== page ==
China, which continues to build more new coal plants than any other nation, is also on the forefront of deploying the most advanced coal plant technologies. However, these advanced units could face unanticipated challenges.
As China continues to build out its power infrastructure, the country is seeking to find a balance in fueling its economy while doing so in an environmentally responsible way. China consumes more coal than all of the other countries on the planet combined. While hydro, wind, solar, and nuclear will continue to be added to China’s energy portfolio, coal will remain the dominant fuel for power generation. In 2015, electricity produced from coal accounted for 73% of total output, and projections only have that tapering off a bit in the years to come.
China has ample coal reserves, along with its well-established domestic coal market, sophisticated import capabilities, and leading research centers on coal. As a result, the country has invested heavily in finding ways to make thermal power generation and transmission more efficient and environmentally friendly. There is no question that China is the world leader in implementing cleaner coal technologies, particularly ultrasupercritical (USC) power plants and ultra-high-voltage DC transmission to fulfill its needs (Table 1). As shown in “THE BIG PICTURE: Future Coal Fleet” in the January 2016 issue of POWER, China had roughly 50% of all advanced coal units, including USC, in 2014, and it is expected to have more than half of the advanced coal units globally in 2040—despite the temporary suspension of new coal-fired plants through 2018, which was widely reported this past summer.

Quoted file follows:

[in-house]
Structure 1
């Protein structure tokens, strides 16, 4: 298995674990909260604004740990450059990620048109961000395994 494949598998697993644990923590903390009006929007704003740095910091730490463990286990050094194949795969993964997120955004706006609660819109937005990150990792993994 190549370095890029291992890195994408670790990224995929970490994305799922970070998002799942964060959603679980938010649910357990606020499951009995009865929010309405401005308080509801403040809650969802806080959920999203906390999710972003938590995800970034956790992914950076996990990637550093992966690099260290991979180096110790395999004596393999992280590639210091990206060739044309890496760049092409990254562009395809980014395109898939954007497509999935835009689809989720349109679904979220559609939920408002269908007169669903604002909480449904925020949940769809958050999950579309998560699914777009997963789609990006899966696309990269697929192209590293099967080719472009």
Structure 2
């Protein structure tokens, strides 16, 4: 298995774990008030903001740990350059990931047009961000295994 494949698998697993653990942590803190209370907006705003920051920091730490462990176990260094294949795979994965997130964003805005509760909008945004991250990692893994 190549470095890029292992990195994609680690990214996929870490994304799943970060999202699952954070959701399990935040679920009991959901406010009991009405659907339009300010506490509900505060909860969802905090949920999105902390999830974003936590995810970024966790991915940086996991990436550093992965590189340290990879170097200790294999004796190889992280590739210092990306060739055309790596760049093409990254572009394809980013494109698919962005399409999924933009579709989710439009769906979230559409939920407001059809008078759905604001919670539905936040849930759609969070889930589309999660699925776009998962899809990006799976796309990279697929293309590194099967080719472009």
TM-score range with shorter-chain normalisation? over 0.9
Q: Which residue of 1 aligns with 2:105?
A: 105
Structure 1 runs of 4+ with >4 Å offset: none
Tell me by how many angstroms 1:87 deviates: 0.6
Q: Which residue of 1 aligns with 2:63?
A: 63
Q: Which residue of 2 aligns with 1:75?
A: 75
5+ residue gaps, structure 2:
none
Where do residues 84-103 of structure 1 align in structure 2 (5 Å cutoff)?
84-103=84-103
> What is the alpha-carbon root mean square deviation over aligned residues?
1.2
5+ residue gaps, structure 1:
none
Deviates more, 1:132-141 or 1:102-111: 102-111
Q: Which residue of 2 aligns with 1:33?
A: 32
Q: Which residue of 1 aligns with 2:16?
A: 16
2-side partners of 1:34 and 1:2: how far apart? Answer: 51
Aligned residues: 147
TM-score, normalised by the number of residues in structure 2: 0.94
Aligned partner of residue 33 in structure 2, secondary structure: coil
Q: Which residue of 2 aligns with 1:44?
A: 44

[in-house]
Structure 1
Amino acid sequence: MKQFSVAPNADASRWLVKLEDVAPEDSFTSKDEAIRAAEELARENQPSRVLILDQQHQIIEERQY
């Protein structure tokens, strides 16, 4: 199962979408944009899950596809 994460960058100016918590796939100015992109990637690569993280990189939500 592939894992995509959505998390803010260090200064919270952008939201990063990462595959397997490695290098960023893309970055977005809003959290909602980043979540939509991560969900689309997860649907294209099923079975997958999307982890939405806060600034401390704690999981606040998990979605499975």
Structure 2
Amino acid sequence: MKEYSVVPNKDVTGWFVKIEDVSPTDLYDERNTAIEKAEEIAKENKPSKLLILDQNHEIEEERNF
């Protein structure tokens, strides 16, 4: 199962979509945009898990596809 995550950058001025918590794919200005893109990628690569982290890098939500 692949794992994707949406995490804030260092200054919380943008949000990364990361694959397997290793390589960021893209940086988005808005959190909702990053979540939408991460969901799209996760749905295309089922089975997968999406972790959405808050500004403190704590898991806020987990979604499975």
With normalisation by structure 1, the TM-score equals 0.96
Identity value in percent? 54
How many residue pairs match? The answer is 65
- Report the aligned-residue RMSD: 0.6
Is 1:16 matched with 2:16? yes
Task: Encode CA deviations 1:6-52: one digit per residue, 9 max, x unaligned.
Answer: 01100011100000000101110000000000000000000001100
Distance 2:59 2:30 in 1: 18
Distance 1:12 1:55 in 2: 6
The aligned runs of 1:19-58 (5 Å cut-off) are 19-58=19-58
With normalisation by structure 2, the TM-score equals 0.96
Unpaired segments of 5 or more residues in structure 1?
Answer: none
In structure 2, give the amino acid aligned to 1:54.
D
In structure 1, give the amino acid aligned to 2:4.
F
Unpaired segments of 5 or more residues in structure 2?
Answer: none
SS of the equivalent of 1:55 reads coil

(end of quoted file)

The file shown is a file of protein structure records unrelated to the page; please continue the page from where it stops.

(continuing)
USC plants, with significantly higher thermal efficiencies and lower emissions per MW produced than supercritical plants, combined with China’s highly complex and somewhat uncertain renewable mix and transmission infrastructure, could present challenges for Chinese producers in the years ahead. The country’s combination of assets could mean more load following or more frequent startups and shutdowns for thermal units. Equipment will be pushed to its limits. The power industry will need to focus on precise control and insight into the health of operating assets to maintain a robust electricity infrastructure.
Optimizing Clean Coal
Emerson is well experienced with USC plants—its Ovation controls are used on more than half of these Chinese facilities (Figure 1), which operate at approximately 320 bar and 600C (4,600 psi and 1,120F). These conditions approach the limits of metallurgy, and the standard configuration is generally a 1,000-MW unit. Due to their high pressures and temperatures, USC units are able to achieve significantly higher thermal efficiency than conventional drum units—typically, 44% to 46%, compared to the 32% to 34% for a state-of-the-art drum unit.
1. Hot market. Emerson has supported the commissioning and operation of many ultrasupercritical plants in China, like the Huaneng Qinbei power plant pictured here. Courtesy: Emerson
China has moved aggressively to push technology development for coal-fired plants, and continuing research is targeting a next generation of plants operating at even more extreme conditions (5,300 psi and 1,300F). Although these designs result in significantly higher thermal efficiencies and lower emissions per MW produced, they present some unique challenges. Operating at the limit of current metallurgy means there is very little margin for error for control, and equipment is pushed to its limits; precise control and insight into the health of operating assets are key to maintaining a reliable fleet. It is critical that utilities focus on controls to ensure that the technology envelope can continue to be pushed.